The Qawals: sa­cred Yazidi mu­si­cians

The Kurdish Globe - - NEWS -

Yazidi rit­u­als and fes­ti­vals are per­formed in their vil­lages by spe­cial teams of mu­si­cians called qawals. The qawals, re­li­gious men who in­herit their sta­tus from their grand­par­ents, live in dif­fer­ent parts of Kur­dis­tan—in Bashik and Bahzan, and other vil­lages like Shikhan and Baadre to the north of Mo­sul. Qawals spe­cial­ize in en­liven­ing rit­u­als and fes­ti­vals through with speeches and hymns. Their chief is called the Mazne Qawala, and is one of the high-rank­ing re­li­gious men con­sulted by Baba Shekh (the head of the Yazidis) on Yazidi af­fairs. The qawals take the San­jak, which sym­bol­izes the ta­woos melek, the Tazidi pea­cock an­gel, from one Yazidi vil­lage to another once a year. Ac­cord­ing to Yazidi mythol­ogy, there are seven San­jaks which can only be erected if a spe­cial group of the sa­cred mu­si­cians is play­ing along­side them. When qawals visit Yazidi vil­lages, they play the tam­bour and the clar­inet, spe­cial kinds of re­li­gious in­stru­ment, sur­rounded by men, women, chil­dren and sheikhs cel­e­brat­ing all around them. The mu­si­cal in­stru­ments are kissed by the cel­e­brants, who touch the in­stru­ment then put their hand on their mouths dur­ing rit­u­als. The rea­son the San­jak is taken to Yazidi vil­lages is to re­mind the Yazidis of their re­li­gion and rit­u­als to keep them im­mune from other re­li­gions. When qawals visit Yazidi vil­lages, they be­gin by giv­ing ad­vice and in­struc­tions to peo­ple about re­li­gion. When they fin­ish, each house bring food and serves it to qawals, ev­ery­one bring­ing what they can to the ban­quet: some slaugh­ter sheep and oth­ers slaugh­ter chick­ens. Ev­ery qawal is obliged to at­tend the tem­ple at Lal­ish with their fam­i­lies af­ter the Yazidi feast fin­ishes in or­der to clean the tem­ple. They also pick the olives whose oil is used in the lamps and can­dles ev­ery Fri­day and Wed­nes­day night and on feast days. Qawals need to be from a re­li­gious fam­ily and be fa­mil­iar with re­li­gious texts and sto­ries about the cre­ation of the world and Man; they must also shave their beards and mus­taches ac­cord­ing to the sect's rules. "I am very happy when the qawals visit our vil­lages; when they ar­rive, I know they will pro­vide us with much use­ful in­for­ma­tion about re­li­gion”, says Da­ham Ali.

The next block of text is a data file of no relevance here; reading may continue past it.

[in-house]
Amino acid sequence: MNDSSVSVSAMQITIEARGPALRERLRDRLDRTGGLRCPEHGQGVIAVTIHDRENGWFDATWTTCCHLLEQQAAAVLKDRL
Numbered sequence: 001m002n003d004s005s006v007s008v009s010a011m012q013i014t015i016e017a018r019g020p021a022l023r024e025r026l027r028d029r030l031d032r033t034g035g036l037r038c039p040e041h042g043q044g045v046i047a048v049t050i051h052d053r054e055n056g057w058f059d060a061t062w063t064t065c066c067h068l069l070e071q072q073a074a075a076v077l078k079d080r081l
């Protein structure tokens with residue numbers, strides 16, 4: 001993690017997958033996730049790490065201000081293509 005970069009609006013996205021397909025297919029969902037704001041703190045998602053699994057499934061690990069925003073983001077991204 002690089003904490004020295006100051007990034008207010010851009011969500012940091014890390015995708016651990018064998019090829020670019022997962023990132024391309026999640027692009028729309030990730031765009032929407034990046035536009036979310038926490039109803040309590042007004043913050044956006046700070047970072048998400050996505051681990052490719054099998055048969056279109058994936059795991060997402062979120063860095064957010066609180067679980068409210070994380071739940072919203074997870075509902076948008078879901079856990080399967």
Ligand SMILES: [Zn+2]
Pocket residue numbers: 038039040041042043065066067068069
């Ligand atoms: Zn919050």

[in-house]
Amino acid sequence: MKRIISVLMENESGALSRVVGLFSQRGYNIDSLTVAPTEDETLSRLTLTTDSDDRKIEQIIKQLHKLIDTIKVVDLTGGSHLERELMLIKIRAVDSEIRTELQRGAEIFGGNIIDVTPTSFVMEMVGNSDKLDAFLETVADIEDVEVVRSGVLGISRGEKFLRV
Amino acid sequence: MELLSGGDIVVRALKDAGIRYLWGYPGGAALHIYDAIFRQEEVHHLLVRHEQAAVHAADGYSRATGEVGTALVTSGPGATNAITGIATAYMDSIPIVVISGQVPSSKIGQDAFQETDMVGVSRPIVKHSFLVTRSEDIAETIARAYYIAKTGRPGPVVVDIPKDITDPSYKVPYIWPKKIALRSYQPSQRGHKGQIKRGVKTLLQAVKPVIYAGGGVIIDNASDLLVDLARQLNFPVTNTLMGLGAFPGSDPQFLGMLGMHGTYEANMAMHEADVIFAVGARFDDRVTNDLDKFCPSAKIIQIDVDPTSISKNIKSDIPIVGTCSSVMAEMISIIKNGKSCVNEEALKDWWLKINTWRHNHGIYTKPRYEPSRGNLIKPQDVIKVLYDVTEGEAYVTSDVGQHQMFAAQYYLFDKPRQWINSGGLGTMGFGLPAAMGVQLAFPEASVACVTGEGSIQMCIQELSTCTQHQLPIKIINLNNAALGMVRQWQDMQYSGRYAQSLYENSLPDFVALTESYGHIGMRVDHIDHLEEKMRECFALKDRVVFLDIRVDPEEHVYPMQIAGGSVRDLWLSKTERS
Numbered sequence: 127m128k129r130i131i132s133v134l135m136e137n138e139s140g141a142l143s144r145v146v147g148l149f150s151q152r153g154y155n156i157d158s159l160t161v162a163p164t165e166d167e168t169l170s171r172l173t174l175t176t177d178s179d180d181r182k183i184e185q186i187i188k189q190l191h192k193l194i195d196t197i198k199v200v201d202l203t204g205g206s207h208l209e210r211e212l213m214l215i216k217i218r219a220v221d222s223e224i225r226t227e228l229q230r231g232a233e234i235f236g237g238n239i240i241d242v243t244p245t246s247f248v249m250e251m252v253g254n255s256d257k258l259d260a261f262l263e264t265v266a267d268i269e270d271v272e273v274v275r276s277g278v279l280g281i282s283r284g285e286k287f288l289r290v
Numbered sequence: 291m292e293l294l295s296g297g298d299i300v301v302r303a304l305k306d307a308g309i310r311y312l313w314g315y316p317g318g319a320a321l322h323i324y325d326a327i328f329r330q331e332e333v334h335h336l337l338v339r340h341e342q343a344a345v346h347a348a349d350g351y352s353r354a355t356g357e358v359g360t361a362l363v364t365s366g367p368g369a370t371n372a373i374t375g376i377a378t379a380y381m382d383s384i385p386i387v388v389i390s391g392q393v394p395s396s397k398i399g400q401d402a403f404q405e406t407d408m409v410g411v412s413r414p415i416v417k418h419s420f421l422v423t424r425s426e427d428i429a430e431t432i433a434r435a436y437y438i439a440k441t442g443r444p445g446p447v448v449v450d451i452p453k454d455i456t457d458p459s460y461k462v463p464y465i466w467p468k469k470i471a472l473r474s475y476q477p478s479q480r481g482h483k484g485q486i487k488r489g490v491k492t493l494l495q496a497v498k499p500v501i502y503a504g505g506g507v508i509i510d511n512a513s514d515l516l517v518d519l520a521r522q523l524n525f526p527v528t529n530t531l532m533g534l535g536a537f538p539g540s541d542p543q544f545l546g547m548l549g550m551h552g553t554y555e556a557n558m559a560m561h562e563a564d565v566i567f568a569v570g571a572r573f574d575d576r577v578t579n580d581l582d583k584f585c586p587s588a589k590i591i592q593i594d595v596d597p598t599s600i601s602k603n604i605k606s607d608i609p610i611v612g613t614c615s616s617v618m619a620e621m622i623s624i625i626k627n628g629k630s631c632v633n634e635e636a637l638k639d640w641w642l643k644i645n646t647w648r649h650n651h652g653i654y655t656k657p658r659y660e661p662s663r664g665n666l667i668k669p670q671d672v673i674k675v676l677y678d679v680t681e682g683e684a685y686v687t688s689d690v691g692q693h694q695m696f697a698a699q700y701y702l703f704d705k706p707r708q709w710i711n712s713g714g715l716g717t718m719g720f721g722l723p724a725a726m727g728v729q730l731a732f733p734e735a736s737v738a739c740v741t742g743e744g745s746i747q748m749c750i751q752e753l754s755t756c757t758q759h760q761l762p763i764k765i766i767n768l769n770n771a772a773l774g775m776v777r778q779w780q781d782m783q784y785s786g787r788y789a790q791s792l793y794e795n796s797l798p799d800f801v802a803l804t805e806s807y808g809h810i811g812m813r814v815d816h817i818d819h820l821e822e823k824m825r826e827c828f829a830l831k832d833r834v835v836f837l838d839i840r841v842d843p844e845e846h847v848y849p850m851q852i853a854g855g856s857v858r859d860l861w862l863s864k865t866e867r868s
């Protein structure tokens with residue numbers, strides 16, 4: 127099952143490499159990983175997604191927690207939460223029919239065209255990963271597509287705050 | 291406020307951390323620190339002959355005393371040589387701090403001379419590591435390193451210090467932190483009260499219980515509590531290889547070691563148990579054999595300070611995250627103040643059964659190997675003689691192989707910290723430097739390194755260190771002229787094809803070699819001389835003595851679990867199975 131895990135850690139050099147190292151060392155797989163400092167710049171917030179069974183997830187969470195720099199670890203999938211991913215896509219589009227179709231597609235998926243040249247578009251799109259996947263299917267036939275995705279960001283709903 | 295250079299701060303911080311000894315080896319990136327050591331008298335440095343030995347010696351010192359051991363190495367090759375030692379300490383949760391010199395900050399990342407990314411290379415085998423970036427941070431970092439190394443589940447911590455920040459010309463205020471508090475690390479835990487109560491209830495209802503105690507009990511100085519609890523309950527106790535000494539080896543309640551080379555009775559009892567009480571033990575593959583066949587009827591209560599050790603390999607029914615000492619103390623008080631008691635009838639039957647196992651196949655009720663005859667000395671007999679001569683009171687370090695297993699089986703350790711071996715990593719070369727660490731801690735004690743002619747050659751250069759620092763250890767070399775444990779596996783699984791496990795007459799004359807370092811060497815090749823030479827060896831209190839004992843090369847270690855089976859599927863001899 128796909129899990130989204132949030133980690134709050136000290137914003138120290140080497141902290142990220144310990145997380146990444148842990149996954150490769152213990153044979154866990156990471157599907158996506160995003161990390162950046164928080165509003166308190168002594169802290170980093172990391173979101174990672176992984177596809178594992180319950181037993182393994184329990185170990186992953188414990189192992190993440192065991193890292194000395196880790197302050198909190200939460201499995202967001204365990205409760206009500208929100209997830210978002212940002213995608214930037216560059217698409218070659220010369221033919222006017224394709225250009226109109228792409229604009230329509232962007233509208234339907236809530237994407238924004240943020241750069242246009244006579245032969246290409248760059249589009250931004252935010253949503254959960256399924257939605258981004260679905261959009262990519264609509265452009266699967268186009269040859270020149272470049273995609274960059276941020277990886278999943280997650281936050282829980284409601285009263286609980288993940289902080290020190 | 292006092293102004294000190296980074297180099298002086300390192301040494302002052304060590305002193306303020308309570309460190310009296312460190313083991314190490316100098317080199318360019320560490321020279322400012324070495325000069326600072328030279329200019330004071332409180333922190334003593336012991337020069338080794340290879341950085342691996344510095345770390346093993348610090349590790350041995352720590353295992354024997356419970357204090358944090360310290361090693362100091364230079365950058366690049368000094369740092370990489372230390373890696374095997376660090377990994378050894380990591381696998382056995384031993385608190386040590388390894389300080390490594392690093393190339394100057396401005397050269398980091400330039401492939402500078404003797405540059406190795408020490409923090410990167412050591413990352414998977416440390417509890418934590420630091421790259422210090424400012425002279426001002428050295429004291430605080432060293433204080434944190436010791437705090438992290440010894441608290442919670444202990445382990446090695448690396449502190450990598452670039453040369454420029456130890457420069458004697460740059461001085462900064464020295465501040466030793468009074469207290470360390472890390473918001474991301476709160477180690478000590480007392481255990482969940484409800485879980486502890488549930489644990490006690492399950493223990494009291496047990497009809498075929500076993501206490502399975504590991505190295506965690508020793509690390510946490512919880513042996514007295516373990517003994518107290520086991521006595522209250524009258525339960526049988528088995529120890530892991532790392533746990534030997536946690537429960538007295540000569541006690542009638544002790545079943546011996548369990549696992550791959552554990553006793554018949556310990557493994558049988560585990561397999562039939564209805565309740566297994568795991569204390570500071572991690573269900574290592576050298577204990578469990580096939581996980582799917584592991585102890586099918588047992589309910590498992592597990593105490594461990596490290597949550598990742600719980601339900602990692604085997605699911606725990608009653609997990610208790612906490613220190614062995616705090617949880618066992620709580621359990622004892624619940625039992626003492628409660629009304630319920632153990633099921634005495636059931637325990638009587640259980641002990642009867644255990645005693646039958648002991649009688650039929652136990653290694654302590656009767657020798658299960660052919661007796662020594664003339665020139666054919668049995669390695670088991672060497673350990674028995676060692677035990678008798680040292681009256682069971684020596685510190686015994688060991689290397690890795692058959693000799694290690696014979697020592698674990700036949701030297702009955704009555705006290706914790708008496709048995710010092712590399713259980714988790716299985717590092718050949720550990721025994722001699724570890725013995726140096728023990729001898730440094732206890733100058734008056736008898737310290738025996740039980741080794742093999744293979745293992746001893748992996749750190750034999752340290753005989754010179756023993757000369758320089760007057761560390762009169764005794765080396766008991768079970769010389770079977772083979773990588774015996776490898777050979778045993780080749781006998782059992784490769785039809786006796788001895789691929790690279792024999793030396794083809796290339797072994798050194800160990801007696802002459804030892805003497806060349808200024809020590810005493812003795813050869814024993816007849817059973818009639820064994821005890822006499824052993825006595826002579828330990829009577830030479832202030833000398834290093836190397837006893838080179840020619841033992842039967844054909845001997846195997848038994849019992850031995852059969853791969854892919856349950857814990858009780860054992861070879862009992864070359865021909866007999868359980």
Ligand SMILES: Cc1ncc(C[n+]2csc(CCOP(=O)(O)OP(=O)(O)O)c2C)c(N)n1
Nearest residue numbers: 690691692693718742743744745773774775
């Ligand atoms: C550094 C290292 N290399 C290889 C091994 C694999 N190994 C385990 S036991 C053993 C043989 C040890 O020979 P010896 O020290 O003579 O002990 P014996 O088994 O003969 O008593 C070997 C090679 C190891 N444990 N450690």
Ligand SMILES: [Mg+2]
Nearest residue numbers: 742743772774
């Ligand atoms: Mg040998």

Qawals per­form­ing rit­u­als in a Yazidi vil­lage (

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